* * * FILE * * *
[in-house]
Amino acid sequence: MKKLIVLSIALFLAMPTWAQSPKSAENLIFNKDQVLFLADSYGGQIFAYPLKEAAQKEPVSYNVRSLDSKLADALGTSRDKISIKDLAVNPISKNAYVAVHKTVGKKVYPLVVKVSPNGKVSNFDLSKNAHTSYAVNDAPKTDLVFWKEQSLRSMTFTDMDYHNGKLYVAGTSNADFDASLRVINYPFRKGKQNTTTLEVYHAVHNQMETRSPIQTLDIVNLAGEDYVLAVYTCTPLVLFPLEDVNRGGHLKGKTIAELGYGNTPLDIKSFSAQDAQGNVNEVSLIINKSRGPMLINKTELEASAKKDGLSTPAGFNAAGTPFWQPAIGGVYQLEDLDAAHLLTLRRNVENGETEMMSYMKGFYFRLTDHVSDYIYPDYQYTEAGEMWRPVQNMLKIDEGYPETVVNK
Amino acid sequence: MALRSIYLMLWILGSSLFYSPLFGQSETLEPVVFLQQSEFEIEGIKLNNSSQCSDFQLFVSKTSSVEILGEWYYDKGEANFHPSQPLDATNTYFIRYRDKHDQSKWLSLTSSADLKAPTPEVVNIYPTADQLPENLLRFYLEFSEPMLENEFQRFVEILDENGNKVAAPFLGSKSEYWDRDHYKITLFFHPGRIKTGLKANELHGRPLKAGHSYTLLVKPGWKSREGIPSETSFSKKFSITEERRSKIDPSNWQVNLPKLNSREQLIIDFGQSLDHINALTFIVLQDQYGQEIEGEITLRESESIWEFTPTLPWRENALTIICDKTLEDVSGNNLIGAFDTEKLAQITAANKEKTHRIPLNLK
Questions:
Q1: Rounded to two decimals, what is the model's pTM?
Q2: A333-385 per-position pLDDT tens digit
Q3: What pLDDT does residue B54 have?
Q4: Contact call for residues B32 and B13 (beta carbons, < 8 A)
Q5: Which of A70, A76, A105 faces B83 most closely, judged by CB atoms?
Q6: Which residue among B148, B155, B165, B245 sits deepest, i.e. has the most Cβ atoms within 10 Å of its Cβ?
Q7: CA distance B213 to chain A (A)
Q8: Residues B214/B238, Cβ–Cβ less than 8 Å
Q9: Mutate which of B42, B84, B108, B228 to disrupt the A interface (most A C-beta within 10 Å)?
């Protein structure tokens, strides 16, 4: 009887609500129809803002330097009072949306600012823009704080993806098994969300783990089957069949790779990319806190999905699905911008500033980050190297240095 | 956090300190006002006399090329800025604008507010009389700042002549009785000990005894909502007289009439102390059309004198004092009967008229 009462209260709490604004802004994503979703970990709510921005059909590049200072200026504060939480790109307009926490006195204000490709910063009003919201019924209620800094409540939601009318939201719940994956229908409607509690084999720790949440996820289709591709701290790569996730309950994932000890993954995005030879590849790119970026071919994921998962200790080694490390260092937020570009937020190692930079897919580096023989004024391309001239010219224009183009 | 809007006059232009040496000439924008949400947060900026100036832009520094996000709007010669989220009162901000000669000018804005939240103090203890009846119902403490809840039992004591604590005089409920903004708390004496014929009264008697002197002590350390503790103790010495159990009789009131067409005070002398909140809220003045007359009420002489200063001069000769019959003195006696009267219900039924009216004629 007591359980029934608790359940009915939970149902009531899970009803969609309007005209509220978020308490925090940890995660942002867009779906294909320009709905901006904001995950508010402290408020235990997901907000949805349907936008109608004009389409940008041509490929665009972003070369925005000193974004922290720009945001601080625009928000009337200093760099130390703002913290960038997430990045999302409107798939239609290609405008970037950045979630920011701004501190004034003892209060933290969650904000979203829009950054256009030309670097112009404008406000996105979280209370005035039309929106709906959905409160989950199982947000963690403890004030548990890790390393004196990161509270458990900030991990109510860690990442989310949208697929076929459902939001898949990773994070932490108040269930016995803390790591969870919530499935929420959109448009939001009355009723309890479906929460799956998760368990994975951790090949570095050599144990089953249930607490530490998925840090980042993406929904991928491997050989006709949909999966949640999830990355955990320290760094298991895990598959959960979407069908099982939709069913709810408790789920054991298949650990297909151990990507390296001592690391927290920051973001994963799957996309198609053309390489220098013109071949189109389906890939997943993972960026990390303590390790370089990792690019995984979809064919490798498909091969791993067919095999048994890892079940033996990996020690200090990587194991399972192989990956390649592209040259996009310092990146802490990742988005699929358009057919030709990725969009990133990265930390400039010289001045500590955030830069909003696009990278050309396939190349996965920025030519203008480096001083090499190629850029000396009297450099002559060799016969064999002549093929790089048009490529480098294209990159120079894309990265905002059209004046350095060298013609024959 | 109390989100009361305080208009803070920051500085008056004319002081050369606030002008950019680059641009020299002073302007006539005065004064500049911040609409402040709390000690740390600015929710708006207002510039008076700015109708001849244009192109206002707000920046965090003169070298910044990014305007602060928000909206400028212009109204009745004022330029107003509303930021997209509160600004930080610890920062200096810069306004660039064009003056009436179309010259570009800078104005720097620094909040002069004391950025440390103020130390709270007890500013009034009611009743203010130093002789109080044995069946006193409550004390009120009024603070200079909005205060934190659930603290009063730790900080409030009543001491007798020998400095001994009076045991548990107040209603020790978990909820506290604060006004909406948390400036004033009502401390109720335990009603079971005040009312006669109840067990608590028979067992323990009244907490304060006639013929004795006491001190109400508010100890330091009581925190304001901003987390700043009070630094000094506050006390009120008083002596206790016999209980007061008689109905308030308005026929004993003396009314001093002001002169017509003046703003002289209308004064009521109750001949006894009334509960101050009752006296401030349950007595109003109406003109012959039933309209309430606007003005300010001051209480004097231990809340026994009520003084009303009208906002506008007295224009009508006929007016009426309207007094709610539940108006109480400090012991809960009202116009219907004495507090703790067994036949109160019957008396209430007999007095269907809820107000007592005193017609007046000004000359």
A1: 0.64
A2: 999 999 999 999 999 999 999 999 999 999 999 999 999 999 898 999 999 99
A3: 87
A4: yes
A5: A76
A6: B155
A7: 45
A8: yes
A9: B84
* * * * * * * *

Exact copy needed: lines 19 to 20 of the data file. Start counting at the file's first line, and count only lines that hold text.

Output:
A5: A76
A6: B155